Why You Need To Get Yourself a Pseudonym

Discussion in 'privacy general' started by lotuseclat79, Aug 30, 2014.

  1. lotuseclat79

    lotuseclat79 Registered Member

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    Why You Need To Get Yourself a Pseudonym

    -- Tom
     
  2. mirimir

    mirimir Registered Member

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    It's nice to see some mainstream support for pseudonyms :thumb:
     
  3. guest

    guest Guest

    The problem is trolling and disagreeing almost share the same definition these days. People are just very very not happy if there's someone out there who does not necessarily accept whatever they are believing.
     
  4. mirimir

    mirimir Registered Member

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    You do have an excellent point. Some "professional writers" still aren't used to seeing direct feedback from their readers. They're so sensitive, that they cry "troll" at the least disagreement.

    But then, there are actual trolls. In my experience, trolls will never agree with you, no matter how much you appreciate their point of view. They just keep finding some way to disagree.
     
  5. guest

    guest Guest

    Like me? =V We will never agree if it was about NSA, let alone CIA. No, let alone UN. =P

    On the side note, I've seen some people who were flagged as trolls actually have more valid points than the accepted standards of the mainstream communities. They might didn't manage to express their thoughts in the more fancy ways, but IMO their points are perfectly valid.

    EDIT: Still though, I sometimes reply them with my own twisted comments when I was involved in the discussions. Lol.
     
    Last edited by a moderator: Aug 31, 2014
  6. mirimir

    mirimir Registered Member

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    :)

    It's OK to disagree. Disagreeing doesn't make either side a troll. We can at least agree that we're both not trolls, right?

    ;)
    Yes, I've seen that too. Under those circumstances, it's easy for the dissident to start acting like a troll, simply out of frustration. Whenever I find myself arguing, I do my best to stop, and consider whether my inner troll is taking over ;)
     
  7. Veeshush

    Veeshush Registered Member

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    No one really knows what the word "troll" means anymore. So easy to dismiss criticism comments as "haters" or other labels, yet anyone's input on a topic is just as valid as anyone else's so long as it makes people think. Though motives can vary, devil's advocate is warranted. Attention seeking behavior or stalker is separate.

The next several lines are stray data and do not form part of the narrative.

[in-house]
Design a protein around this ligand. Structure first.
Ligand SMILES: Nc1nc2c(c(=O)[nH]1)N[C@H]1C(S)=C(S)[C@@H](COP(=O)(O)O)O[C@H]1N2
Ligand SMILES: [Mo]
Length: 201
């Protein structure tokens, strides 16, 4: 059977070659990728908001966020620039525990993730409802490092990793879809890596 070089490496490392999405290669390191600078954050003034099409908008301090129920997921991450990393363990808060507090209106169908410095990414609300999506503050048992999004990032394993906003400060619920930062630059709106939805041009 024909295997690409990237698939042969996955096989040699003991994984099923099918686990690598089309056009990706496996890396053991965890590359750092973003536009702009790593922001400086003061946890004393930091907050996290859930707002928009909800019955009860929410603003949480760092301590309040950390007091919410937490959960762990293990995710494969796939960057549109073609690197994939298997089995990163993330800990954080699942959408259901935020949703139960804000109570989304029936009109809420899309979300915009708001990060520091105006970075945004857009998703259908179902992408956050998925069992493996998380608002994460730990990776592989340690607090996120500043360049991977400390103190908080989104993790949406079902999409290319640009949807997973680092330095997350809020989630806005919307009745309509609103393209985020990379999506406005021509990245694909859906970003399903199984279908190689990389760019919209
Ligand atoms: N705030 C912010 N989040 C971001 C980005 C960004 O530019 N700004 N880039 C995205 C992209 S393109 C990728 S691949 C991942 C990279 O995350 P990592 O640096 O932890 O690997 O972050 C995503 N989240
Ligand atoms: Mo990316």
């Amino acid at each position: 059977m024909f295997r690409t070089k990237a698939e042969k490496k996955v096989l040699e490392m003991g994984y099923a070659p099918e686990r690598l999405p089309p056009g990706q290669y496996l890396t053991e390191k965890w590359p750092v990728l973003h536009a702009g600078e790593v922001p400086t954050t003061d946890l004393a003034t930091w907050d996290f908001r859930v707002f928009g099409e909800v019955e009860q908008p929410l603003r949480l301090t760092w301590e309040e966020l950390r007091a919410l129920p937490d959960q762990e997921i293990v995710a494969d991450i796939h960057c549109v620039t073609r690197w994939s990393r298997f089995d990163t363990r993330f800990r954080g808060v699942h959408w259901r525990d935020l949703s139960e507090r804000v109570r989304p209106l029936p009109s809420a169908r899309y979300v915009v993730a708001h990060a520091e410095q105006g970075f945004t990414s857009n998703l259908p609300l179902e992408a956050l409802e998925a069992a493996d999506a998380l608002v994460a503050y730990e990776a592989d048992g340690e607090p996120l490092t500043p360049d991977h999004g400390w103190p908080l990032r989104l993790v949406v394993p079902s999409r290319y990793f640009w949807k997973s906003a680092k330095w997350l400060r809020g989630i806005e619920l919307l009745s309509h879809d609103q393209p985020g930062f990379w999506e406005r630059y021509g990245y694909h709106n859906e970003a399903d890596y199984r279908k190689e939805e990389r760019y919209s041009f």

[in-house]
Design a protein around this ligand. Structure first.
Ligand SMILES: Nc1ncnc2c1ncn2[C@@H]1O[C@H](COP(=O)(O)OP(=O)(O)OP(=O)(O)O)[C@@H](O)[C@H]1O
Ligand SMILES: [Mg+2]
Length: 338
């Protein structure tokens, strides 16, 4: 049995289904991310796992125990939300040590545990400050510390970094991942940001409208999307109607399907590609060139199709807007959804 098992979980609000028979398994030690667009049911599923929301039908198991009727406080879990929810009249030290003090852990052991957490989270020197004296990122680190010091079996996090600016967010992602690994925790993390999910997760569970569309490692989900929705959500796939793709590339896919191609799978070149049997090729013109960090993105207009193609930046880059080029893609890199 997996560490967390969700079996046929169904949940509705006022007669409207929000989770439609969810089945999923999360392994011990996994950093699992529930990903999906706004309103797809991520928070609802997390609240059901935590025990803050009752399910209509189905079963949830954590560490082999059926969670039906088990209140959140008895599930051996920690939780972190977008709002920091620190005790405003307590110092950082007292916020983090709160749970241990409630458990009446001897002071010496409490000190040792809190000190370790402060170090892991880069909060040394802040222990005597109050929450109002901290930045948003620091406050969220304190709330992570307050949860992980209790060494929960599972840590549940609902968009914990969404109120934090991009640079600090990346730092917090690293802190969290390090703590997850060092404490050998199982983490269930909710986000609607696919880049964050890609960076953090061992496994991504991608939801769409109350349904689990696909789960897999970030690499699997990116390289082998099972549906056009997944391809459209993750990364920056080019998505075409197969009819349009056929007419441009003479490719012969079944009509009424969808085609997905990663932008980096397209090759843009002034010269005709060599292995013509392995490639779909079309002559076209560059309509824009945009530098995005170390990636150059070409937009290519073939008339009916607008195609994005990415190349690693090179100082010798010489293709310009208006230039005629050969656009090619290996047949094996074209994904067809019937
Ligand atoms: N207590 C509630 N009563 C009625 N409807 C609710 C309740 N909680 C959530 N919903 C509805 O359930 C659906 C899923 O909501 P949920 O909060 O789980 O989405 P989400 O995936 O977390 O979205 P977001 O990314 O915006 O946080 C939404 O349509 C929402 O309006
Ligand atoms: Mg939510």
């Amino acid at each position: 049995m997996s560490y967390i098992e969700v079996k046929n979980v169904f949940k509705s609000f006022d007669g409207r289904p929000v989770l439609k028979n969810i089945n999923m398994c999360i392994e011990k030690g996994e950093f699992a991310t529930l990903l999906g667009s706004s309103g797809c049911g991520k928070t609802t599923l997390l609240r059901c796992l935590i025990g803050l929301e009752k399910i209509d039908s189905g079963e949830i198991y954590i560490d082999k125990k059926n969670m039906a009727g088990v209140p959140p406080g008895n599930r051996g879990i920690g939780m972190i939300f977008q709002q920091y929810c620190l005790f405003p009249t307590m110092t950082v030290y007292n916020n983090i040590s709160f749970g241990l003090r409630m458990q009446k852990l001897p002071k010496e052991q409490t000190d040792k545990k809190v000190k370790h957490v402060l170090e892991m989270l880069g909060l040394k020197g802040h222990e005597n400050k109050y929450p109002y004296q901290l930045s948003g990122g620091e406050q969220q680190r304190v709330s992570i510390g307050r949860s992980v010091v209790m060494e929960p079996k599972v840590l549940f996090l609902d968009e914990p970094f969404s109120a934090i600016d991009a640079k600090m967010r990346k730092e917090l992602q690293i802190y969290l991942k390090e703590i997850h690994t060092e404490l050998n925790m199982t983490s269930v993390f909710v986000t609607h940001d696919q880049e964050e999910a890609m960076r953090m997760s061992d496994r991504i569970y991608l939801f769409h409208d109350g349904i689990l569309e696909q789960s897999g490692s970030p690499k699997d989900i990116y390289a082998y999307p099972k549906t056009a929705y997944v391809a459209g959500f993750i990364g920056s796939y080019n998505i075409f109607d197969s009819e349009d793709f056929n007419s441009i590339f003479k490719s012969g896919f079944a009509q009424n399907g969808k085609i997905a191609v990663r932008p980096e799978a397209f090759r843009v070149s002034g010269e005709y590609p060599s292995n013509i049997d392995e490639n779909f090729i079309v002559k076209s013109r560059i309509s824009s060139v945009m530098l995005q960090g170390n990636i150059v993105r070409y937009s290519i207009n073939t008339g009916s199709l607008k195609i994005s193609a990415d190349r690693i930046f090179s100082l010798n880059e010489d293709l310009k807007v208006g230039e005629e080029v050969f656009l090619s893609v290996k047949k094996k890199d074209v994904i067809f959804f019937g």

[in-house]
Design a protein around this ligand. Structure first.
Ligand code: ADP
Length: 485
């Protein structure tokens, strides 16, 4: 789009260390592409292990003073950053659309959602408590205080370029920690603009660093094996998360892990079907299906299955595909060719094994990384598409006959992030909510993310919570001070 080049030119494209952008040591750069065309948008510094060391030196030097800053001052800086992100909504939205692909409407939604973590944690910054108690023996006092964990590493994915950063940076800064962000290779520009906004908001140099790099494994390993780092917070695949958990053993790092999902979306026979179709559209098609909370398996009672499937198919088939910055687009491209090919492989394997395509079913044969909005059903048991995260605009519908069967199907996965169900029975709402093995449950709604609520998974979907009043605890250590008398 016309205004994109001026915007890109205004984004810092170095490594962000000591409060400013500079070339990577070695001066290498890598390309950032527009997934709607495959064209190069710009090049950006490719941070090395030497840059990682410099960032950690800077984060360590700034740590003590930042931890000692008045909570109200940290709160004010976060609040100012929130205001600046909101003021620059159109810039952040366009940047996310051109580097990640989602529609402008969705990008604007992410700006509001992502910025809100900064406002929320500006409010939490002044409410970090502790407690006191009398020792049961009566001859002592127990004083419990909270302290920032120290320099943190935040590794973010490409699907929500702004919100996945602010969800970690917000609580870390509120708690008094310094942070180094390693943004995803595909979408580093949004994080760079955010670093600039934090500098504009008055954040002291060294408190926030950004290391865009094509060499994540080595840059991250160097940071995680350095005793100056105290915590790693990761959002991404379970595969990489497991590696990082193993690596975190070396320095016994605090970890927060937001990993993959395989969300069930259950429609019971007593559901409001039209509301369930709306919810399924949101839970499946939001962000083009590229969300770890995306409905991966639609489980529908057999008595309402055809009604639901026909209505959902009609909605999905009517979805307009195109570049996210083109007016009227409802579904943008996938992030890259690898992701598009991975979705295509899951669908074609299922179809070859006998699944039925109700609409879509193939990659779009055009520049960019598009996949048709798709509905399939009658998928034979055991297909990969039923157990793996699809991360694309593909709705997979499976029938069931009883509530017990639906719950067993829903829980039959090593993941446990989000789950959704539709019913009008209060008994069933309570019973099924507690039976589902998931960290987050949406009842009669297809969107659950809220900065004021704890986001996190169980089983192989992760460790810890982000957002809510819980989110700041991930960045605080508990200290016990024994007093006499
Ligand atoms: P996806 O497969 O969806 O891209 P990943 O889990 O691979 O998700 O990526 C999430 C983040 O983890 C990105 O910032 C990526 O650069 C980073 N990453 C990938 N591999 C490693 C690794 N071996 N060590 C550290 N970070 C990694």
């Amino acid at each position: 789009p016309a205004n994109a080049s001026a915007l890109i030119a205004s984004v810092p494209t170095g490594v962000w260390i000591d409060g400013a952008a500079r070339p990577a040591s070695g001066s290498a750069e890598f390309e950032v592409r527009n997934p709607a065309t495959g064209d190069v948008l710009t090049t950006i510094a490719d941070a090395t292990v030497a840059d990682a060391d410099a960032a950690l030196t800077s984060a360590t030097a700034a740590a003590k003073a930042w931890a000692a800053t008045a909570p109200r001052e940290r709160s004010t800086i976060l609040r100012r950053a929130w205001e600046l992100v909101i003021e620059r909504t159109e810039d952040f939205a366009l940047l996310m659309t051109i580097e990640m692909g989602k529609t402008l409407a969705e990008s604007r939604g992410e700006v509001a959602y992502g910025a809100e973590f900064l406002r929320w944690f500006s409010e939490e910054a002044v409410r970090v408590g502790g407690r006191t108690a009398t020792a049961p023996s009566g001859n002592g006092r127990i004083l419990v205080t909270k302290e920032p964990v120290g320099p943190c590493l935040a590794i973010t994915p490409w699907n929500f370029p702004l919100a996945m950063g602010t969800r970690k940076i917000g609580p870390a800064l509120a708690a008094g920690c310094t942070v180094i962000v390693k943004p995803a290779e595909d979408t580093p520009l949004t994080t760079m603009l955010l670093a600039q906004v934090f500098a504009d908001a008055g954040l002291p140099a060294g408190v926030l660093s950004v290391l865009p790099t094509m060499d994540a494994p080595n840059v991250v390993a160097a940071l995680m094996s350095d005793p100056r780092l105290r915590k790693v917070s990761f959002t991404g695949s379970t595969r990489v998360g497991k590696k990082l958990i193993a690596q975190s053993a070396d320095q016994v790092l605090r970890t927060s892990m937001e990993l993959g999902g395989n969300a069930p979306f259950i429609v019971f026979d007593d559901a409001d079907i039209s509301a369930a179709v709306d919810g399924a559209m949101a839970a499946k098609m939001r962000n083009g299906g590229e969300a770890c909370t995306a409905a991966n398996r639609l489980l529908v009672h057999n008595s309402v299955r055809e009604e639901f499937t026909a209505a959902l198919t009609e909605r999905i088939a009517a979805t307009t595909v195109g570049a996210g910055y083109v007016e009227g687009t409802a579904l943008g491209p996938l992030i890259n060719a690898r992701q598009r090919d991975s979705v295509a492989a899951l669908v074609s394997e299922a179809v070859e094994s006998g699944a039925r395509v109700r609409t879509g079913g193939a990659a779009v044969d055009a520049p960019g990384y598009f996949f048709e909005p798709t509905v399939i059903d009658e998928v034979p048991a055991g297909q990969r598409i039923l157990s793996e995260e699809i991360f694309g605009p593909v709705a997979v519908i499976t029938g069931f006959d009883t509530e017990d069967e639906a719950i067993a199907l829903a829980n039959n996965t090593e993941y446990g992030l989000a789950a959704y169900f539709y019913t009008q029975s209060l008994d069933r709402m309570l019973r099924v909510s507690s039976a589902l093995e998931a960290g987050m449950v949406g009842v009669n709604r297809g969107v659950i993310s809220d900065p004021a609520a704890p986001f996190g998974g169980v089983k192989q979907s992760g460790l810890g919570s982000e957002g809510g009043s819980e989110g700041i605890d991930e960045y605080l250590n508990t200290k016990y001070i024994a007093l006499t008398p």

But for a legit reason for anonymity, to guard against "trolls" is an embarrassing example. We still live in a world where word alone can get yourself killed. And if you're tying to get your message across to listeners without bias then your words are best shared without author traceback. Ghost written.

    Truth is born out of argument. I'm so tired of sites that try to censor arguments on the basis of feel good pacifism. As long as both parties of the argument can realise their own views can change as time goes on, I never saw any harm to letting them fight it out.
     
  8. Carver

    Carver Registered Member

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    Some people just like a good fight and I have been on the receiving end of a argument with a person who doesn't know that his behavior is considered "trolling", even through you have said you agreed with him several times and just finds something else to argue about.
     
  9. noone_particular

    noone_particular Registered Member

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    The ones that are really annoying are the sock puppets. No matter what they're shown, they keep echoing the official line. Everything you say to them gets a label attached to it. Definitely been a share of those here.

    It's quite interesting how views change over time here. You don't see the labels "Paranoid" and "TinFoil Hat" anywhere near as much as you used to.

    Remember when trolls were big ugly creatures that lived under bridges and extracted tolls from people?
     
  10. TairikuOkami

    TairikuOkami Registered Member

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    I prefer to use my real name, I would stay my ground even if I would discuss it face to face, even if it is uncomfortable. What I particularly do not like are people, who do not agree with me about something, what they have never tried or experienced, but they have read about it, so they pretend to be experts on the topic. I try to explain it as I can, yet they just repeat someone else's viewpoint, so I just ignore them afterwards. It is like trying to explain arithmetic to the bee, pointless. :cautious:
    That is actually a good thing, I changed my views quite a lot, I admit when I am wrong, I do not defend the wrong argument to the death. People learn from mistakes.
     
  11. RollingThunder

    RollingThunder Registered Member

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    It takes a measurable IQ to learn from your mistakes. Most of society unfortunately is 90 - 100.
     
  12. fjear

    fjear Registered Member